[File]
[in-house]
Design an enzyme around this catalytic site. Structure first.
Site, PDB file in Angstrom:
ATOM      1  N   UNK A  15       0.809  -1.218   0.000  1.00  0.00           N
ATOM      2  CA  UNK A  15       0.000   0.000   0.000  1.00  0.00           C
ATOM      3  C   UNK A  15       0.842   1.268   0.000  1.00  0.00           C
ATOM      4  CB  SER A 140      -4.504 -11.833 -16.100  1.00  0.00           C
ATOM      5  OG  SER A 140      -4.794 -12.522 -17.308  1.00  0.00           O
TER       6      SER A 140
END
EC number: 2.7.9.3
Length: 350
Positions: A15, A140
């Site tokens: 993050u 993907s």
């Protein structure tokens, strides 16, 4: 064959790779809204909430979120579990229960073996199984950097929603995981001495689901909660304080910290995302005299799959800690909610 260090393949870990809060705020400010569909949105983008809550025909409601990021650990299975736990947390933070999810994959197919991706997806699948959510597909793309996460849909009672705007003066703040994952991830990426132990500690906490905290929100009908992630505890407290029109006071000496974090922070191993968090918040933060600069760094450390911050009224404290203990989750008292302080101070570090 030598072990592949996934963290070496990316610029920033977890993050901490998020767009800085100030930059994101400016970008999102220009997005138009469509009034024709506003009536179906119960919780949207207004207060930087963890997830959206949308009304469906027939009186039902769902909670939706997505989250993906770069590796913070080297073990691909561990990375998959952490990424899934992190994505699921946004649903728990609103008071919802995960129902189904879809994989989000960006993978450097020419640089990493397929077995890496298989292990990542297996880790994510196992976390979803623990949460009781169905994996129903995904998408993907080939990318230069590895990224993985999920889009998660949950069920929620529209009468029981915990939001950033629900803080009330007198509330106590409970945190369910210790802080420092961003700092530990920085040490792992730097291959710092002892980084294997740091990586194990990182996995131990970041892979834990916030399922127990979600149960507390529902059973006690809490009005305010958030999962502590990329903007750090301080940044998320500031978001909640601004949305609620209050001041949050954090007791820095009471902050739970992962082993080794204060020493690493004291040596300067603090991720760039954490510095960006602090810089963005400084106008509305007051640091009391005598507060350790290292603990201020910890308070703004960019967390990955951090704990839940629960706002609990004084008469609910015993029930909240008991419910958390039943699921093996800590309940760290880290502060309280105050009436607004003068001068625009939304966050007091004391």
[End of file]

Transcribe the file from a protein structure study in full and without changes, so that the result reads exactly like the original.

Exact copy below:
[in-house]
Design an enzyme around this catalytic site. Structure first.
Site, PDB file in Angstrom:
ATOM      1  N   UNK A  15       0.809  -1.218   0.000  1.00  0.00           N
ATOM      2  CA  UNK A  15       0.000   0.000   0.000  1.00  0.00           C
ATOM      3  C   UNK A  15       0.842   1.268   0.000  1.00  0.00           C
ATOM      4  CB  SER A 140      -4.504 -11.833 -16.100  1.00  0.00           C
ATOM      5  OG  SER A 140      -4.794 -12.522 -17.308  1.00  0.00           O
TER       6      SER A 140
END
EC number: 2.7.9.3
Length: 350
Positions: A15, A140
């Site tokens: 993050u 993907s």
């Protein structure tokens, strides 16, 4: 064959790779809204909430979120579990229960073996199984950097929603995981001495689901909660304080910290995302005299799959800690909610 260090393949870990809060705020400010569909949105983008809550025909409601990021650990299975736990947390933070999810994959197919991706997806699948959510597909793309996460849909009672705007003066703040994952991830990426132990500690906490905290929100009908992630505890407290029109006071000496974090922070191993968090918040933060600069760094450390911050009224404290203990989750008292302080101070570090 030598072990592949996934963290070496990316610029920033977890993050901490998020767009800085100030930059994101400016970008999102220009997005138009469509009034024709506003009536179906119960919780949207207004207060930087963890997830959206949308009304469906027939009186039902769902909670939706997505989250993906770069590796913070080297073990691909561990990375998959952490990424899934992190994505699921946004649903728990609103008071919802995960129902189904879809994989989000960006993978450097020419640089990493397929077995890496298989292990990542297996880790994510196992976390979803623990949460009781169905994996129903995904998408993907080939990318230069590895990224993985999920889009998660949950069920929620529209009468029981915990939001950033629900803080009330007198509330106590409970945190369910210790802080420092961003700092530990920085040490792992730097291959710092002892980084294997740091990586194990990182996995131990970041892979834990916030399922127990979600149960507390529902059973006690809490009005305010958030999962502590990329903007750090301080940044998320500031978001909640601004949305609620209050001041949050954090007791820095009471902050739970992962082993080794204060020493690493004291040596300067603090991720760039954490510095960006602090810089963005400084106008509305007051640091009391005598507060350790290292603990201020910890308070703004960019967390990955951090704990839940629960706002609990004084008469609910015993029930909240008991419910958390039943699921093996800590309940760290880290502060309280105050009436607004003068001068625009939304966050007091004391």